“Heerpo: scarce a man in the church but p’sently said, ‘The grounds The grounds!’”

The discussion (and controversy) continued for awhile apparently:

“After much Agitation, . . . ca: to this Result for answr. That the case was doubtful to us at present . . . (but if the brethren) shall in the meane time setle them in their pposed way . . . we shall leaue the matter with God.”

Following a vote on December 23, 1661, there are no more mentions of the three families until they are granted letters allowing them to join the Groton church. So, perhaps the removal took place either in late 1661 or early 1662. John Nutting had proposed that his move to Groton would allow him to settle near the meetinghouse there. On September 21, 1663 a vote was recorded wherein John Nutting was appointed the janitor of the meetinghouse:

Sep: 21:63 It is agreed by ye Towne with John Nuttin & voted that he the said John shall keepe cleane the meeting house this ye(ar) or cause it to be kept cleene & for his labors he is to h(ave) forrteen shillings.

John immersed himself in the civic affairs of his new hometown. In November of 1663 he was chosen as a selectman, the highest office in the town. He was subsequently re-elected to the same office in 1667 and 1669. In 1668 he took on the additional office of constable.

More children were born to John and Sarah after their move to Groton:

Sarah – 29 Mar 1663
Ebenezer – 23 Oct 1666
Jonathan – 17 Oct 1668
Deborah (not recorded)

Their home was said to have been large and secure enough to serve as a garrison in Groton, especially during King Philip’s War (1675-1678). King Philip was the name the English gave to Metacomet, the war chief of the Wampanoag Indians, he being the second son of Massasoit.

After the colonists arrived they made an alliance with Massasoit, and for the most part peace was maintained, although increasingly the English were making deeper incursions onto Indian lands. After Massasoit died, Metacomet ascended to leadership and began to realize that his land was slowly but surely being overtaken by colonists who wished to explore and live farther west than the original settlements. At the time, Groton was one of the most westward of settlements in the colony.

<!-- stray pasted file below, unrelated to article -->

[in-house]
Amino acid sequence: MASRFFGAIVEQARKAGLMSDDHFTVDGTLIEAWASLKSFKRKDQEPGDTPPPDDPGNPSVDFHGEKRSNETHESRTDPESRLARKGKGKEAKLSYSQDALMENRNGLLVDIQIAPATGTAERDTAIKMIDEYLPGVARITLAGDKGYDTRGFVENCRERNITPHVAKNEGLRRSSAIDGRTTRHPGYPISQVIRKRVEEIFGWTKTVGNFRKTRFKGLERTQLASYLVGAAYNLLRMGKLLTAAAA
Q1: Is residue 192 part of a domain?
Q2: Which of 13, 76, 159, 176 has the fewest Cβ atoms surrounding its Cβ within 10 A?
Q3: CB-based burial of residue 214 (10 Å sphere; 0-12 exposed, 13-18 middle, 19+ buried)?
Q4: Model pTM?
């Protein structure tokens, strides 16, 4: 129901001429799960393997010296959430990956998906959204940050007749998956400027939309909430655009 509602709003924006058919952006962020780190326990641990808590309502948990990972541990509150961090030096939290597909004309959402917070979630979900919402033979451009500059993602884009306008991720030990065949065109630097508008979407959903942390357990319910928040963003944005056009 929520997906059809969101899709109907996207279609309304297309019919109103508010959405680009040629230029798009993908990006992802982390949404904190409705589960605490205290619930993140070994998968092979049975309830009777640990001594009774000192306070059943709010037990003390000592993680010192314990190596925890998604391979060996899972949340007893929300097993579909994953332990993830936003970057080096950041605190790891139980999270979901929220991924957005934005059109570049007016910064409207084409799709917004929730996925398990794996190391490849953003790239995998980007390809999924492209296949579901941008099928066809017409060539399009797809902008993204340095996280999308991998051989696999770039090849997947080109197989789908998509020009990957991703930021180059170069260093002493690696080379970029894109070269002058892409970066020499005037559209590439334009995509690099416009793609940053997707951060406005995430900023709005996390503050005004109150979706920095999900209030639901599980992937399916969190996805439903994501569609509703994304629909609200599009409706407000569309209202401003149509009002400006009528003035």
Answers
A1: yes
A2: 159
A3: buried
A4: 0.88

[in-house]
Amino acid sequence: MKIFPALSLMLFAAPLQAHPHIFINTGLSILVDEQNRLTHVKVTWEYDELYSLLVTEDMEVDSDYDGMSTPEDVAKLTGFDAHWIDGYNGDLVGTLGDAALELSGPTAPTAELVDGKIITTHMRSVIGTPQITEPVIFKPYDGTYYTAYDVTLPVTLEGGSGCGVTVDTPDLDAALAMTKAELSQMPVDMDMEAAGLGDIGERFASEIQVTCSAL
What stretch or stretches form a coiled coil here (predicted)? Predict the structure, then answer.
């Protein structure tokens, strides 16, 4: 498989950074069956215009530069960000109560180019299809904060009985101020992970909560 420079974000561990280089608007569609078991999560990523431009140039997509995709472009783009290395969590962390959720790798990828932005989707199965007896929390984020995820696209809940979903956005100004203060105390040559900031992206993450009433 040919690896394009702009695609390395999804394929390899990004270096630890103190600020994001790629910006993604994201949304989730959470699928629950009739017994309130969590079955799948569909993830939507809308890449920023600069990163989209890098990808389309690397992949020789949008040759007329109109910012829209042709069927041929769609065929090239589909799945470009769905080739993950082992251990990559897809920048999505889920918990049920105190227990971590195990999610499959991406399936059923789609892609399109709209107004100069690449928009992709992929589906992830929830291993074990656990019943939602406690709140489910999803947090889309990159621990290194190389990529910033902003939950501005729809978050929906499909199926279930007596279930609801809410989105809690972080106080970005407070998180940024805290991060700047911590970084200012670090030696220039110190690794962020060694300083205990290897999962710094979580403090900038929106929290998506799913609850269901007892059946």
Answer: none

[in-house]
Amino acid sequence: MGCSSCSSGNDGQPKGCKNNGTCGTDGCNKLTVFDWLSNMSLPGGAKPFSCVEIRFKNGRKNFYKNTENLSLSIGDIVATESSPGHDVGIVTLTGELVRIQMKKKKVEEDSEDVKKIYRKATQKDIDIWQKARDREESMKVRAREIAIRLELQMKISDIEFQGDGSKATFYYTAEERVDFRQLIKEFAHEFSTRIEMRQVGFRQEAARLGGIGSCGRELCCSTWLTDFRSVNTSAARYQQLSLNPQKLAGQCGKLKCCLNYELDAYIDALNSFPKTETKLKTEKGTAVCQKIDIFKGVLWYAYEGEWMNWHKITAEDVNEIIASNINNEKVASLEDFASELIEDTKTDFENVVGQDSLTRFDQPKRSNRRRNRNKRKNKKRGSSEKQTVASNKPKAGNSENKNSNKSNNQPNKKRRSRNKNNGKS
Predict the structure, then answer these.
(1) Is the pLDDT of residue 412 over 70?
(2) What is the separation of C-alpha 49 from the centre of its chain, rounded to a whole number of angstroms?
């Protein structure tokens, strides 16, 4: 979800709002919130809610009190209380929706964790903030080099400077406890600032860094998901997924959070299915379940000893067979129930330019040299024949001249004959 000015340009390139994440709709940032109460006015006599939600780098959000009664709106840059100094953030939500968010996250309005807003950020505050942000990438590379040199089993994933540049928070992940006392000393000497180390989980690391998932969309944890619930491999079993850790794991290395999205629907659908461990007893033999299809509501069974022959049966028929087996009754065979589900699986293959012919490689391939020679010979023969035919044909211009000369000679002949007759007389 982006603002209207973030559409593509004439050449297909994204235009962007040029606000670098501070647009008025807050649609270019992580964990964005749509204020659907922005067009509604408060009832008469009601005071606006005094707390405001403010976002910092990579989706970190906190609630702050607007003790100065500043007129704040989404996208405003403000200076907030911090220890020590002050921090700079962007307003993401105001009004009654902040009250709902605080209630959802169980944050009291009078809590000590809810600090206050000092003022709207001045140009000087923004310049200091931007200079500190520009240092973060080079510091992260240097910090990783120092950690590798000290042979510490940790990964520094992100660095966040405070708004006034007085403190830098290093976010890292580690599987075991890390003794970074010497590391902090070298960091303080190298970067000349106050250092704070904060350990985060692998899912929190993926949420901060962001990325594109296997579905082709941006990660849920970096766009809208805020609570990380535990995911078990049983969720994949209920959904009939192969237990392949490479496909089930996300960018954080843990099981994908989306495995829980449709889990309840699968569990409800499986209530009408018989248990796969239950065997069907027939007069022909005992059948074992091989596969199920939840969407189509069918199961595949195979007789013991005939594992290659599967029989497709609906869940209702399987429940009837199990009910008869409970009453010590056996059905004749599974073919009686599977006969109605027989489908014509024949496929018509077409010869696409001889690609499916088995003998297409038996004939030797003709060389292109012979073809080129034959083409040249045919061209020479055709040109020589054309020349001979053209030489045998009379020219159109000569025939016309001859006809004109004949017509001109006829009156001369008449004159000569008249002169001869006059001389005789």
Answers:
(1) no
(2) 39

With stirrings of war the settlers began to prepare by fortifying five homes (John’s being one) which would serve as garrisons. Trouble began on March 2, 1676 when Indians pillaged deserted homes and took cattle and swine. On March 9, four settlers were attacked – one was killed, two escaped and one was taken prisoner (later escaping).

On March 13, approximately four hundred Indians made their way to Groton, led by a chief named Monoco or Monojo – the settlers called him “One-eyed John”. Early that morning, guards at John Nutting’s garrison saw two Indians “skulking about”. Those stationed at the garrison probably assumed there were no other Indians close by and decided to attack, but it turned out to be an ambush. John Nutting, a corporal, was one of the leaders.

As the attack escalated, panic ensued and several fled, including some of the men. A second ambush was mounted by Monojo and his warriors. They took over the garrison and kept the battle going until nightfall. According to family historian John Keep Nutting:

Night put an end to active hostilities, but Monojo called up Captain Parker, reminding him that they were old neighbors, and held quite a conversation with him. He discussed the cause of the war and spoke of making peace. He naturally ridiculed the white man’s worship of God in the Meetinghouse, seeing that God had not helped them. He boasted that he had burnt Medfield and Lancaster, would now burn Groton, then “Chelmsford, Concord, Watertown, Cambridge, Charlestown, Roxbury, and Boston”, adding, “What me WILL that me DO!” The chronicler, however, is pleased to add to his account that not many months later this boaster was seen marching through the Boston streets which he had threatened to burn “with an halter about his neck, wherewith he was hanged at the town’s end”, in September of the same year.

John Nutting had been killed in the first attack. Historians presume that, as records indicate, the Indians cut off his head and “did set it vpon a pole, looking unto his own lande.” Apparently the rest of his family had safely escaped. John Nutting died defending his home, family and friends. Sarah’s name appeared a few months later in Woburn town records, referred to as “Widow Nutting”.

An apt summary of John Nutting’s life was penned by Reverend Nutting:

It is equally certain that he was truly a pious man. Among the things he coveted, was a home “nigh to the Meetinghouse”, so that he and his wife and his “smale childr:” might not miss the beloved “ordin:”. His humble position as sexton or janitor of the Meetinghouse, both at Chelmsford and at Groton, could not have been because he needed the trifling stipend, but rather because he felt it to be an honor to be “a door keeper in the house of the Lord.”